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Christianity

Theology and Hocus Pocus

David has raised an interesting point in his comment on Darrel Ray’s guest blog.  Like many theists, he has asserted that if we nonbelievers understood Proper Theology, then we wouldn’t make such grievous errors as we do.  (In fairness, David used the term Theology Proper, which has its own meaning.  I mean the term to indicate “correct” theology.)

It might be a valid point, but I need to make sure that theists who use this objection understand the viewpoint we non-believers are coming from.  For a non-believer, it’s overwhelming when twenty different theists tell us we don’t understand “correct theology,” and all twenty of them are talking about a different theology!  I’ve been reading apologetics since I was an apologist, almost twenty years ago.  I’ve read everything from Augustine to C.S. Lewis in the “classical repertoire,” and I’ve done my best to keep up with modern theologians such as William Lane Craig.  It’s extremely difficult and frustrating for us non-believers to respond to a theological claim and be told, “You aren’t responding to the right claim!”  Well, let me lay it out, then.  For the love of all that may or may not be holy, STOP TELLING US WE’RE RESPONDING TO THE WRONG THING and TELL US WHAT THE RIGHT THING IS. If you understand it well enough to have rested your life on it, then you understand it well enough to explain it to me and other non-believers, in the same way that I understand evolution well enough to explain it to you without demanding that you read every textbook ever written.

The accusation that we just don’t understand because we don’t understand isn’t a good objection.  For one thing, it doesn’t help us.  As I said, most of us are very familiar with a lot of Christian theology and apologetics.  We’ve read a lot of the same books you have.  A lot of you don’t seem to believe that, but that’s hardly our concern, is it?  We know we have.  So to us, it just sounds like you’re trying to shift the goalposts on us and get away without having to defend your position.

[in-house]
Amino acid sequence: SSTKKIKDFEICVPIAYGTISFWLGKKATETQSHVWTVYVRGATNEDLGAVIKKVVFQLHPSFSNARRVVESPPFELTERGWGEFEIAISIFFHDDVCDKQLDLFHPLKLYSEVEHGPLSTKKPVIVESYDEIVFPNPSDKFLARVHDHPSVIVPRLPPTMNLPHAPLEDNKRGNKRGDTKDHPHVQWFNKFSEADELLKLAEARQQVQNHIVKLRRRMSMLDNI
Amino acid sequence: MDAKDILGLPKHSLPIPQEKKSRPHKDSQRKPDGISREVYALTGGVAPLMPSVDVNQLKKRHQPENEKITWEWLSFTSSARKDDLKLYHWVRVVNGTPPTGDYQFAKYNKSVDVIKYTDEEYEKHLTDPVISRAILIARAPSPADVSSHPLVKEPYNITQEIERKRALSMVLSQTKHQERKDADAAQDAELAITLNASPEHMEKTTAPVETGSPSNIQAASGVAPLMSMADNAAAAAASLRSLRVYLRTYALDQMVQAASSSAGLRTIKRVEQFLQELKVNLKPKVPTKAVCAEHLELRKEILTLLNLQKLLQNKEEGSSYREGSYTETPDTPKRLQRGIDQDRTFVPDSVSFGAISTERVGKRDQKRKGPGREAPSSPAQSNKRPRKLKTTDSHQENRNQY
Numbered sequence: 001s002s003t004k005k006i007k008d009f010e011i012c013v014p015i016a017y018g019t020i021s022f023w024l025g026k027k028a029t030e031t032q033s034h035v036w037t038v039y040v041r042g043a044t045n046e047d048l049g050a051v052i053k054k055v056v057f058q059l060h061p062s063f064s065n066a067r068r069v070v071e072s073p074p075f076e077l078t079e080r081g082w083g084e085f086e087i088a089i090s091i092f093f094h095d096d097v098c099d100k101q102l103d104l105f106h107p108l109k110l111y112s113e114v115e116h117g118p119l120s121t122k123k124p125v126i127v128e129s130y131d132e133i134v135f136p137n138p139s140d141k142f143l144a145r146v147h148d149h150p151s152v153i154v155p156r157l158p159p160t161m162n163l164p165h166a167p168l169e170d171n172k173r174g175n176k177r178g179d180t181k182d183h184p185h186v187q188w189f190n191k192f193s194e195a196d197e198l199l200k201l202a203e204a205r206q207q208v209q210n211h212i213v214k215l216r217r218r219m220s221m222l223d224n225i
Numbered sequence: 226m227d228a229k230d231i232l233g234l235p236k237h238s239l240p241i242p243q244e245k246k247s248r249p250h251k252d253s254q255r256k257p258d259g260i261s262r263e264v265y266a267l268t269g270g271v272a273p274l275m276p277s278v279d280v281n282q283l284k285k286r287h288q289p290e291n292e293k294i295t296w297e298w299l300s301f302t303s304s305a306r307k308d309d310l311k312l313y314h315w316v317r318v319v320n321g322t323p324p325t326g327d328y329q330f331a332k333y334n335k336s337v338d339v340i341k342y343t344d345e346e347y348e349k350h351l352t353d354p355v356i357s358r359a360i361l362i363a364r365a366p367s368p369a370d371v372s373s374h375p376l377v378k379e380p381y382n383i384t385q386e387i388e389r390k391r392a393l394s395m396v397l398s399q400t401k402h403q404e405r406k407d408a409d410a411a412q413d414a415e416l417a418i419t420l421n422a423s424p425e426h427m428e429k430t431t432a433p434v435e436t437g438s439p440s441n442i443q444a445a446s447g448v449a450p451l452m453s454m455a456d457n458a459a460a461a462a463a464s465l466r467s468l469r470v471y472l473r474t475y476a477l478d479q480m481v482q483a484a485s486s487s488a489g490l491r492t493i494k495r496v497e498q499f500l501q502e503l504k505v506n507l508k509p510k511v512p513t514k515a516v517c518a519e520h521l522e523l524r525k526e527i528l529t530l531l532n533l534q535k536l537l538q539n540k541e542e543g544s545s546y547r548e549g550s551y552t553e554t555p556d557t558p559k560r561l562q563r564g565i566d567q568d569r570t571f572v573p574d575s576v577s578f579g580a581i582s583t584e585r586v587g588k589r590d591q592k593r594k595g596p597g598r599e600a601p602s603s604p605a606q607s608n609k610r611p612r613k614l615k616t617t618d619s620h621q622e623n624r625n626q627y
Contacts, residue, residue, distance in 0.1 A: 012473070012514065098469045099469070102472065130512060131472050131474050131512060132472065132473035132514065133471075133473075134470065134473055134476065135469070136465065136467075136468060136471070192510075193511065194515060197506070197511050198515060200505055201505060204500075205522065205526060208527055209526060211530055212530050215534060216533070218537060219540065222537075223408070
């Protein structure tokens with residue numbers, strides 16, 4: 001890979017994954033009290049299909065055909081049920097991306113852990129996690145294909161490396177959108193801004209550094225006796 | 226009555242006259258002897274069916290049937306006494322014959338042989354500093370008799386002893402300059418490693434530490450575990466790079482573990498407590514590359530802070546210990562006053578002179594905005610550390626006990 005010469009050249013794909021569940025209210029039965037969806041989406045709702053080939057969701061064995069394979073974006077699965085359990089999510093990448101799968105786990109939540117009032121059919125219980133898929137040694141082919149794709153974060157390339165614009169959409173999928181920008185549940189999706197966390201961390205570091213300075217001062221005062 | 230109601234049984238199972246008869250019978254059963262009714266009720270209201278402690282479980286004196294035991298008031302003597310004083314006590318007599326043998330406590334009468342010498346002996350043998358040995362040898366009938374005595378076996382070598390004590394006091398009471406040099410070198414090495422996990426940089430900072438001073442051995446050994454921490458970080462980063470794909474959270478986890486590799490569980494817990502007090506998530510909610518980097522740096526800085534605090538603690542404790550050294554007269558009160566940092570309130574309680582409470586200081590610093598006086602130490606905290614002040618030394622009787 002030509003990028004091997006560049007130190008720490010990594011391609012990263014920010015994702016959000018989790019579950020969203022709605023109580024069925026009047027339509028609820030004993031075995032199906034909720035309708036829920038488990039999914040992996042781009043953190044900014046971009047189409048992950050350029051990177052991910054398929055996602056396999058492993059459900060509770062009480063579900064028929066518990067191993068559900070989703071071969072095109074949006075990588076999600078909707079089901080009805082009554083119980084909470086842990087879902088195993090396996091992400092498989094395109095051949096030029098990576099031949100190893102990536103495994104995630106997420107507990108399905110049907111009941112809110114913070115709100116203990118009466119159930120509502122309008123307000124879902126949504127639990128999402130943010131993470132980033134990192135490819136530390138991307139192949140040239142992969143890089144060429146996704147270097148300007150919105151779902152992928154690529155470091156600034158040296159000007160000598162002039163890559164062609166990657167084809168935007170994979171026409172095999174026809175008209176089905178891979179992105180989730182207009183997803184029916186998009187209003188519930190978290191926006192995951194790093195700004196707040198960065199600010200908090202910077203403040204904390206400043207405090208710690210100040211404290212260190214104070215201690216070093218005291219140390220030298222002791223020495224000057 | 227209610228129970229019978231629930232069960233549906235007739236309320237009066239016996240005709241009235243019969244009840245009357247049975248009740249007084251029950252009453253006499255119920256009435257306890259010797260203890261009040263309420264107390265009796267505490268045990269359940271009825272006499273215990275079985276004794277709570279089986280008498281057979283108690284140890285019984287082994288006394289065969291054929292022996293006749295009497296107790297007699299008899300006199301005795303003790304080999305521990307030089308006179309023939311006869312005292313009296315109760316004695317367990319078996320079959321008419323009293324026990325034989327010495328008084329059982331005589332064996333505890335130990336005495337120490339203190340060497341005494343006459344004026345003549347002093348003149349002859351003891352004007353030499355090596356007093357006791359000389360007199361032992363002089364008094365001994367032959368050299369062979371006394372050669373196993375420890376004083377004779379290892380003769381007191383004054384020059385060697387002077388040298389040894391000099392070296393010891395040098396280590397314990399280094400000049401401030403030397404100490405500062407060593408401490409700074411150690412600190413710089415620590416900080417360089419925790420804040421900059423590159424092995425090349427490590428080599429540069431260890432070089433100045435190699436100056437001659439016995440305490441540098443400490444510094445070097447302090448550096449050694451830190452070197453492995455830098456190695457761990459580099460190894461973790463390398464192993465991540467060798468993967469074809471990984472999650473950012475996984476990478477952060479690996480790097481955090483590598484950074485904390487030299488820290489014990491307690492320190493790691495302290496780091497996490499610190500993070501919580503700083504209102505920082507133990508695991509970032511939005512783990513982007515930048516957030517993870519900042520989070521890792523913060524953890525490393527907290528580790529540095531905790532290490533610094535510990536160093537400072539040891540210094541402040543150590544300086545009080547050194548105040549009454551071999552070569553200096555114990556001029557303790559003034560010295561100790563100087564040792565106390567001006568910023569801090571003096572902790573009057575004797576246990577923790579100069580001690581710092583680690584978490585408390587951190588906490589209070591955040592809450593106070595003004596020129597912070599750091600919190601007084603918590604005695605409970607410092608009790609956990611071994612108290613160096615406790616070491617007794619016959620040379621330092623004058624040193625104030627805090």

The second way it fails is that it doesn’t give us any allegedly correct information.  If William Lane Craig can write it, you can write it, in the same way that I can write accurately about evolution because I’ve internalized it and absorbed it.  If you can’t accurately represent his (or whoever your chosen “correct” apologist is) position, then it might be time for you to seriously consider whether you understand it well enough to be advocating it as truth.

So please, stop telling us we don’t understand and start writing the darned thing out so we can understand it.  I promise, we’ll ask questions if we don’t get it.  If believers spent the same amount of words explaining theology as they do yelling at us for not understanding it, we’d probably understand it by now.

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Discussion

4 thoughts on “Theology and Hocus Pocus

  1. If believers spent the same amount of words explaining theology as they do yelling at us for not understanding it, we’d probably understand it by now.

    [sarcasm]
    Somehow, I disagree.
    [/sarcasm]

    But the point is still valid, that if you’re going to tell people they’re wrong, at least be able to say why.

    Posted by Alex Hardman | November 1, 2010, 3:52 pm
  2. Hocus pocus? I just call it goal post shifting.

    Posted by mkandefer | November 1, 2010, 4:14 pm
  3. Luke at Common Sense Atheism brings up the same point. He calls it the not my theology defense.

    What’s especially sneaky about this defense is that in separating themselves from the attacks of atheists, they are also claiming to not have the theology of the vast majority of laypeople.

    Somehow I doubt that WLC has the same theological sophistication as Joe the Plumber. But most people who believe in god are the Joe the Plumbers of the world.

    Posted by J. Quinton | November 1, 2010, 5:13 pm
  4. Ariff Ahmed in his debate with Habernas had a very nice way of saying the same thing.

    Paraphrasing: Someone says there’s a donkey on stage; a second person says, no there’s an elephant; a third person objects, no it’s a tiger; and someone else says, no it’s a snake, and so on. It’s the same thing with God or religion. The safest thing is to assume that they are all wrong.

    Posted by LM | November 1, 2010, 6:30 pm

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